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MIT Sloan MBA: Admissions Director Interview

Written by Sameer Kamat

MIT Sloan MBAThe MIT Sloan MBA offered by the Massachusetts Institute of Technology is one of the best MBA programs on the planet. The MIT brand has a formidable reputation across the world. In MBA rankings, the MIT Sloan MBA ranks not just in the general category but also across specialty rankings for finance, entrepreneurship, Supply Chain Management / Logistics, Production / Operations, Information Systems. If you check out the statistics for the class profile, you’ll find high average GMAT scores (710) and classmates who have done some solid work in their pre-MBA careers. The graduating class gets an average salary of around $120,000.

Sameer Kamat (founder of MBA Crystal Ball) interviewed Jeffrey Carbone – Associate Director – Admissions, MIT Sloan School of Management.

Read on to delve deeper into what the MIT Sloan MBA has to offer, gets tips on how to tackle the Sloan MBA essays, interviews, and many other topics.


MIT Sloan MBA Q&A | Jeffrey Carbone, Associate Director, Admissions

Choosing the right MIT Sloan program

MBA Crystal Ball: Do you come across MBA applications where you feel the candidate would have been a better fit for the other popular MIT Sloan degrees? Can you share examples to highlight the differences between the typical profiles for the popular MIT Sloan programs (MBA, EMBA, Sloan Fellows, Master of Finance, etc.)?

Jeffrey Carbone: MIT Sloan degree programs empower leaders with the skills and capabilities necessary to solve complex business problems, drive innovation, and improve the world. The Admissions Office works to counsel potential applicants as to which programs are the best fit prior to application submission. The MBA is a two-year program with a flexible curriculum for those who would like to increase their management skills, while also having the ability to focus in a specific discipline through one of three tracks offered (Entrepreneurship and Innovation, Enterprise Management, Finance). Students in an MBA class typically have an average of 5 years of work experience; however, the Class of 2014′s work experience ranged from 1 to 15 years.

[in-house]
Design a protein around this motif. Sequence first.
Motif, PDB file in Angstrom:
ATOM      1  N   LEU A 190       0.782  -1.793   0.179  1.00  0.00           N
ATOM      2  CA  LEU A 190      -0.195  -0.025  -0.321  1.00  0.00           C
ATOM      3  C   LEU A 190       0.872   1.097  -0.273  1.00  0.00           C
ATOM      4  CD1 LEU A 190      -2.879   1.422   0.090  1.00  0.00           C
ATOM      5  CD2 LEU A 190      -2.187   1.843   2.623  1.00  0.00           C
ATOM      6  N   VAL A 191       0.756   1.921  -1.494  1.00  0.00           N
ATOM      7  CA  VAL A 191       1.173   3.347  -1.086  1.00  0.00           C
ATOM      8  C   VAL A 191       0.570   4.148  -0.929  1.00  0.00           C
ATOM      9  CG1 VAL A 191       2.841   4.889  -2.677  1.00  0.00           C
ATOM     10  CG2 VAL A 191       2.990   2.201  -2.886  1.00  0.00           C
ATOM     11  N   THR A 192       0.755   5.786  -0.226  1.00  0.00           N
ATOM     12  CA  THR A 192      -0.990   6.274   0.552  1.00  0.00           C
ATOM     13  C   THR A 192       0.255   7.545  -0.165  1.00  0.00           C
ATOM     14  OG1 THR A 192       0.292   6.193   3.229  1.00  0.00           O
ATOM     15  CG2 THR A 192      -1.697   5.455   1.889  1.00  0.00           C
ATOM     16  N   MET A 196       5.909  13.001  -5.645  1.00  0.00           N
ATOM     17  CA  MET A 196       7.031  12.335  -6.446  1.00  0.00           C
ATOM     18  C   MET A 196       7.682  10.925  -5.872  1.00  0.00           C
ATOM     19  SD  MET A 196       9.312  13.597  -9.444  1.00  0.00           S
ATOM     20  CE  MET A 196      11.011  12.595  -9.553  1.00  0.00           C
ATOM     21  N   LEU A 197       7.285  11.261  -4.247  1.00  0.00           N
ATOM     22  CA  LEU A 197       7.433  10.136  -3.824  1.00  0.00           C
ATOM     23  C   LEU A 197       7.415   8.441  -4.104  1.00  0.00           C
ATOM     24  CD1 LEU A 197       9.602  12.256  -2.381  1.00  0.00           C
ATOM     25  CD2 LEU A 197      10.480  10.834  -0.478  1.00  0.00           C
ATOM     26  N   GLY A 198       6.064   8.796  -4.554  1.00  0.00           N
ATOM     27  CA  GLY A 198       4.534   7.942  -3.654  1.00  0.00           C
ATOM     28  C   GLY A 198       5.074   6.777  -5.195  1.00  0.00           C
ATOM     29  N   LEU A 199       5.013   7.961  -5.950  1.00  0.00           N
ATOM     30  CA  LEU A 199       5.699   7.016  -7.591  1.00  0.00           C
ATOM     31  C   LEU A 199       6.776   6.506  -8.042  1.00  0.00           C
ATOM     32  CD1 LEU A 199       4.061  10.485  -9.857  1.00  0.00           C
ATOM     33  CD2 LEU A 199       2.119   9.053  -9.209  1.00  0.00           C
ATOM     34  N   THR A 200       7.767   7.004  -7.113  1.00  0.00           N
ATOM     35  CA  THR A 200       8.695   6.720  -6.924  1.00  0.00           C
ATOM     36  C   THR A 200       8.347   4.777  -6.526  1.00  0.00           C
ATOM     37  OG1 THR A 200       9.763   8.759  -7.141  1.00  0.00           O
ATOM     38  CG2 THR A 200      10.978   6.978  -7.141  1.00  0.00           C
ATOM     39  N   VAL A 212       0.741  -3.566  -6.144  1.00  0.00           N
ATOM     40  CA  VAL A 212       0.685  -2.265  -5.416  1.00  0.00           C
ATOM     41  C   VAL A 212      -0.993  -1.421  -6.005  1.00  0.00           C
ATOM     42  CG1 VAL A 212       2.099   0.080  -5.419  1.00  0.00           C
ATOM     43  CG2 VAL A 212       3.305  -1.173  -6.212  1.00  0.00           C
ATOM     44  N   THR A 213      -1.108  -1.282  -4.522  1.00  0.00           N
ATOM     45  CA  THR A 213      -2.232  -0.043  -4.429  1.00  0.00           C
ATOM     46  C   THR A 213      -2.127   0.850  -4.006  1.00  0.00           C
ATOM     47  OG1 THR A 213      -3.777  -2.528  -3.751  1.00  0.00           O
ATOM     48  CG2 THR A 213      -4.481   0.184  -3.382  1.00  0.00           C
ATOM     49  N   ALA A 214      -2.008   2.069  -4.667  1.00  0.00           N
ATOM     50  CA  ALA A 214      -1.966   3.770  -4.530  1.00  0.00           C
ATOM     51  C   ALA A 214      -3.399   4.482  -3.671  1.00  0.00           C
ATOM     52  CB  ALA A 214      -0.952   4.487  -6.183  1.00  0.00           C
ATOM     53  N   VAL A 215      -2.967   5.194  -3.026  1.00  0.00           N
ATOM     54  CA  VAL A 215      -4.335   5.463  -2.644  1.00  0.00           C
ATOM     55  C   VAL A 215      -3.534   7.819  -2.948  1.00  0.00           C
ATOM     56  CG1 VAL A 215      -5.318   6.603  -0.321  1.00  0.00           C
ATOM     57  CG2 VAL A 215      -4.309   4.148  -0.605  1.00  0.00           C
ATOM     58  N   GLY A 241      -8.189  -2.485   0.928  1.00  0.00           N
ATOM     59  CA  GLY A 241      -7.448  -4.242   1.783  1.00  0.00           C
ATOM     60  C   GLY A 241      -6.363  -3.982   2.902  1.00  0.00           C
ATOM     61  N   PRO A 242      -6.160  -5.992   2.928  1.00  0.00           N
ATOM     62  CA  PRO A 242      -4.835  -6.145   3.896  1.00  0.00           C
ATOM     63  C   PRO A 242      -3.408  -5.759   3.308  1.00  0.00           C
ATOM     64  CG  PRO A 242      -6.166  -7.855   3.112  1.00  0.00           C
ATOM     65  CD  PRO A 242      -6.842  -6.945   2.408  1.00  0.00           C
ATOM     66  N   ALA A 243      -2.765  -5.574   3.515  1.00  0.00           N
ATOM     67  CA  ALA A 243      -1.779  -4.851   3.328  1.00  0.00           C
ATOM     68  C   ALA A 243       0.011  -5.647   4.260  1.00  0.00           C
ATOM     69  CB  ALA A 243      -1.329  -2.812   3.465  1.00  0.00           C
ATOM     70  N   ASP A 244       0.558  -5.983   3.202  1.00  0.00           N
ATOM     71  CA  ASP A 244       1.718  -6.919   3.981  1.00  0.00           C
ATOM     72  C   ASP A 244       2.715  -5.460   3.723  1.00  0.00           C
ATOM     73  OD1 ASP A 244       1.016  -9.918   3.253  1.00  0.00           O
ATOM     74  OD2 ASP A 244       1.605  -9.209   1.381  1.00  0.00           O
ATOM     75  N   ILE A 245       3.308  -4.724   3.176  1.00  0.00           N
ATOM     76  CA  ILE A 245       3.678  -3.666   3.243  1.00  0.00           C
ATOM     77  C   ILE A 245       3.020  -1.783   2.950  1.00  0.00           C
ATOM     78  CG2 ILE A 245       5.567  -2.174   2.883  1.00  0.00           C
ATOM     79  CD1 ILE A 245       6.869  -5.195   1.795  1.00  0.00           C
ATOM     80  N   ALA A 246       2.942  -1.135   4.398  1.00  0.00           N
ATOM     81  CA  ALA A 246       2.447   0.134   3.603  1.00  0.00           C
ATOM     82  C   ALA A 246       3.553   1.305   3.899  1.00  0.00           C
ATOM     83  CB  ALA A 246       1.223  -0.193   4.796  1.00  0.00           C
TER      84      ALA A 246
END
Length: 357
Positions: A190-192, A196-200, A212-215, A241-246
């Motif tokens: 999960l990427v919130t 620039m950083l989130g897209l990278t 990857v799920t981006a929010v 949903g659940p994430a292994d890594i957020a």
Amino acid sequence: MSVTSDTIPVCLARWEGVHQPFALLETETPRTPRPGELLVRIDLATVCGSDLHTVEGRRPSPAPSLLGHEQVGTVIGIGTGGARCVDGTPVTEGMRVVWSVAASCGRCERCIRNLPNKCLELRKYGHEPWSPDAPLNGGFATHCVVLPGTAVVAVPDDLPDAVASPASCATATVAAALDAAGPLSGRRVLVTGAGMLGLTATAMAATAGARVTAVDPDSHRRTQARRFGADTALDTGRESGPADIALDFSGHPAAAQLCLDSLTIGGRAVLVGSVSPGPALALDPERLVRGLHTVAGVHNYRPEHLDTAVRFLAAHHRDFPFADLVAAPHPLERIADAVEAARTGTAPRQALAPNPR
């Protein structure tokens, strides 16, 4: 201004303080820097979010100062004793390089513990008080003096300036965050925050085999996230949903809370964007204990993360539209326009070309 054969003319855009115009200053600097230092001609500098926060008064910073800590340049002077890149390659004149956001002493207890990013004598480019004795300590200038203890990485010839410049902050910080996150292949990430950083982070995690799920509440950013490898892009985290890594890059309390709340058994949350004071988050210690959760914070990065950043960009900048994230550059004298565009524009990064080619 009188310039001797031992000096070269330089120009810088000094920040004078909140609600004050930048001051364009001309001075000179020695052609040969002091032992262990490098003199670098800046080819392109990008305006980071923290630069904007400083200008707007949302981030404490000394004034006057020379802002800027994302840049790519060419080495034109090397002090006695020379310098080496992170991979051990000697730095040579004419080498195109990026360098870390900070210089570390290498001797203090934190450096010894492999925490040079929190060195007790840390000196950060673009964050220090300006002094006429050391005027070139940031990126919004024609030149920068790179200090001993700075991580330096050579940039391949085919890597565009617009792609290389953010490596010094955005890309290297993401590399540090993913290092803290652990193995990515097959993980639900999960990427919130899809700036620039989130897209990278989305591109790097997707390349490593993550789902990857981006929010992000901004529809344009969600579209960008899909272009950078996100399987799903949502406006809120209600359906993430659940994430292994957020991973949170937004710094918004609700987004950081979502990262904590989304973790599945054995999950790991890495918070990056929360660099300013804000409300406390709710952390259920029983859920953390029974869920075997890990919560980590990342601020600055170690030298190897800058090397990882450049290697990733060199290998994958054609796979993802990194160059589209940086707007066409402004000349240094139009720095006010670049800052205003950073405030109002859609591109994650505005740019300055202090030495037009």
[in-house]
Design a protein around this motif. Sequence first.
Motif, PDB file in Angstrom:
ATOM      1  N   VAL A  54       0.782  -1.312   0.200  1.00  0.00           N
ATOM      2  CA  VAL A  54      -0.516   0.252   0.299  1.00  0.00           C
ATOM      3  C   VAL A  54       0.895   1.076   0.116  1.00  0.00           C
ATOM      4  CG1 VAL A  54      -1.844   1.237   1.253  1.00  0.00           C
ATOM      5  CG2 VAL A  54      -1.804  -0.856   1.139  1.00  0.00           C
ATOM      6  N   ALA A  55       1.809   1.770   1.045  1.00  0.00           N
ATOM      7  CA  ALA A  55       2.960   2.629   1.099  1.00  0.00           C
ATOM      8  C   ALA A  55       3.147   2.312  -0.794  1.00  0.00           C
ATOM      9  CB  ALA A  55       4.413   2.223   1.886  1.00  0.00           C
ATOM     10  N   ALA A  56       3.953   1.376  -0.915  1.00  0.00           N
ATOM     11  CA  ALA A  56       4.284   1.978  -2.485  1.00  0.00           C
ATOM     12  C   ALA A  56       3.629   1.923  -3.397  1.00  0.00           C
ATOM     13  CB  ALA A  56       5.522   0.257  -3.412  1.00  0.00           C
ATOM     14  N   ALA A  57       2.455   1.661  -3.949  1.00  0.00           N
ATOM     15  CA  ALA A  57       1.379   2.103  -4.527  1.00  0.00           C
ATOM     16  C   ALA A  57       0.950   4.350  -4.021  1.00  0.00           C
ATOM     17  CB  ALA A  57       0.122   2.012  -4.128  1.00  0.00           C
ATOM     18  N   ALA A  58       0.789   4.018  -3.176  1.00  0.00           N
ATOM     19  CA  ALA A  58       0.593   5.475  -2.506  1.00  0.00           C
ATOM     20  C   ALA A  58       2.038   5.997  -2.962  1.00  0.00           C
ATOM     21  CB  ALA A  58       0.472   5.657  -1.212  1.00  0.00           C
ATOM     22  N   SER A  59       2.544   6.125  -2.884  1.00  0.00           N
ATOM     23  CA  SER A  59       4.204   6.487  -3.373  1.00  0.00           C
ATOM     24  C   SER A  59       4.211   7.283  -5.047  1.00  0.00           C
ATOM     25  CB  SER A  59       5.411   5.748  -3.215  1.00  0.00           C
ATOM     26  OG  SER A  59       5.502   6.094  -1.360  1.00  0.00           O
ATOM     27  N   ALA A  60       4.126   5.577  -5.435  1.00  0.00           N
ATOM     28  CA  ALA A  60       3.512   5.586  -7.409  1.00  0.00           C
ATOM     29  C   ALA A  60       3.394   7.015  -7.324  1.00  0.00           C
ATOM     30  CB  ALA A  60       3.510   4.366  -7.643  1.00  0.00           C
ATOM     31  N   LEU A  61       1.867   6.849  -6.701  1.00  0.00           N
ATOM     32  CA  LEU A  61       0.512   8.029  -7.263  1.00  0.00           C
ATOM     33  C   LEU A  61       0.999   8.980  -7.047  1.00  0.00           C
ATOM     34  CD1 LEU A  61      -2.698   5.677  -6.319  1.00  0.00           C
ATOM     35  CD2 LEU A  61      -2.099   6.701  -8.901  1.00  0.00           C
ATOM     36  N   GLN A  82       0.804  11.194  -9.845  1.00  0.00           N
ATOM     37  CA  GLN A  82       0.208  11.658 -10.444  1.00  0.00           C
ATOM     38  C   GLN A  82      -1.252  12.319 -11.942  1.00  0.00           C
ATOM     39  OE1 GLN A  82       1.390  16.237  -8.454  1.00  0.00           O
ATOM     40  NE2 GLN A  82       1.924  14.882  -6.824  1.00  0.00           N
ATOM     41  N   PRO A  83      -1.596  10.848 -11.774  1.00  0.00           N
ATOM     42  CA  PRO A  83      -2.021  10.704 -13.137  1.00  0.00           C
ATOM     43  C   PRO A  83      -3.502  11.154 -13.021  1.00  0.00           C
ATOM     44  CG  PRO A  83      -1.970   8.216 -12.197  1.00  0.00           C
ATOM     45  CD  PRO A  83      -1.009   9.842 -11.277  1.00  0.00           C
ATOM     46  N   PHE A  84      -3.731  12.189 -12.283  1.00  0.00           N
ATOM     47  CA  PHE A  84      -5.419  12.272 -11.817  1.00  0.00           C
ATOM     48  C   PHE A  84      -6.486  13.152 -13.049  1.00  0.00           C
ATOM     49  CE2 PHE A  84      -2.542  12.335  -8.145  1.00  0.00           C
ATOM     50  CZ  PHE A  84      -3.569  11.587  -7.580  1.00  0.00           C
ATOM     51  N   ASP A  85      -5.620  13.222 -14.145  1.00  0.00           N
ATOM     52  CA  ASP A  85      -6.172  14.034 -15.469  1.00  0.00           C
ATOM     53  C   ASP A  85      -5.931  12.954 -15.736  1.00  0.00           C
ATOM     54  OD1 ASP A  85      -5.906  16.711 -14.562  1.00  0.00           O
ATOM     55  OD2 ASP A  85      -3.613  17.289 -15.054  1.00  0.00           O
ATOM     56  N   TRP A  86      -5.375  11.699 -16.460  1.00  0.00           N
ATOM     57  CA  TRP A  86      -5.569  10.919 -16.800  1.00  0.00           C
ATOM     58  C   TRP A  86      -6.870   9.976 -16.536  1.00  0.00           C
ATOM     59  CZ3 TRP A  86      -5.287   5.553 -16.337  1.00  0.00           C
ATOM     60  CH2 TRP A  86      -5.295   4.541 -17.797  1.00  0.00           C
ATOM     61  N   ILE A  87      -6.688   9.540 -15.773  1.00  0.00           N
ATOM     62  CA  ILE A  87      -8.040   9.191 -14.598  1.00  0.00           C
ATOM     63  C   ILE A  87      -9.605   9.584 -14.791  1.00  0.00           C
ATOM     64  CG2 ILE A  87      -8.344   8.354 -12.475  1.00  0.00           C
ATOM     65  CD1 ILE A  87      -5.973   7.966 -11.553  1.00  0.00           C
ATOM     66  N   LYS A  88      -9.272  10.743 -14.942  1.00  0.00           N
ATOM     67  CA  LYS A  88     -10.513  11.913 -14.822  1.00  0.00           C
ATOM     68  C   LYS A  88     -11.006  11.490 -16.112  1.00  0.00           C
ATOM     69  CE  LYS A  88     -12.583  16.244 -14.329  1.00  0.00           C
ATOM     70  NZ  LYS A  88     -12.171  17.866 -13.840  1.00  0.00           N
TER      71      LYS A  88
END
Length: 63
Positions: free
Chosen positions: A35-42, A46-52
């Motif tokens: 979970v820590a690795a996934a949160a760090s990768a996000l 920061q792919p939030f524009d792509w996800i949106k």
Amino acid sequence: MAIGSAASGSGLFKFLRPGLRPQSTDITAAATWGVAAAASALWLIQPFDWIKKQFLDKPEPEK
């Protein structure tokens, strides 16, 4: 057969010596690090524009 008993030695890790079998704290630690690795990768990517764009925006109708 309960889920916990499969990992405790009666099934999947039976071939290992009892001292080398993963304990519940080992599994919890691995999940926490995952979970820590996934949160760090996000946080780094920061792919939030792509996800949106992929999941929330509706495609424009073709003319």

The MIT Executive MBA (EMBA) is a 20-month program for executives who want to enhance their management skills while continuing in their current, full-time positions. EMBA students typically have a minimum of eight years of work experience. The Sloan Fellows program is a one-year, full-time MBA program for executives who would like to focus on school and take time away from working. The average work experience for the class of 2013 is 14 years pre-MBA.

The MIT Master of Finance (MFIN) program is a rigorous one-year degree program combining in-depth study of quantitative techniques with practical, hands-on business problem solving. The program prepares students for a broad range of careers within finance. The average work experience for the class of 2013 is 15 months pre-MFin.

The MIT Master of Science in Management Studies (MSMS) program is a one-year program open to applicants who have completed or are in the process of completing an MBA or equivalent Master’s degree program at a non-U.S. institution. Students in this program study a specific field in-depth while working alongside world-renowned MIT Sloan faculty and students.

MIT Sloan MBA Admissions

MBA Crystal Ball: How does the MBA admissions team evaluate each application? Is there a typical process – who reads an application, how many times is it reviewed, how is the final decision made?

Jeff: The MBA Admissions Committee at MIT Sloan works to enroll a diverse class from around the world who are intelligent and innovative team players who are willing to step outside their comfort zones.

We use a competency-based model to evaluate all MIT Sloan MBA applications and focus on an applicant’s demonstrated success from both academic and professional viewpoints, while also focusing on an applicant’s leadership attributes.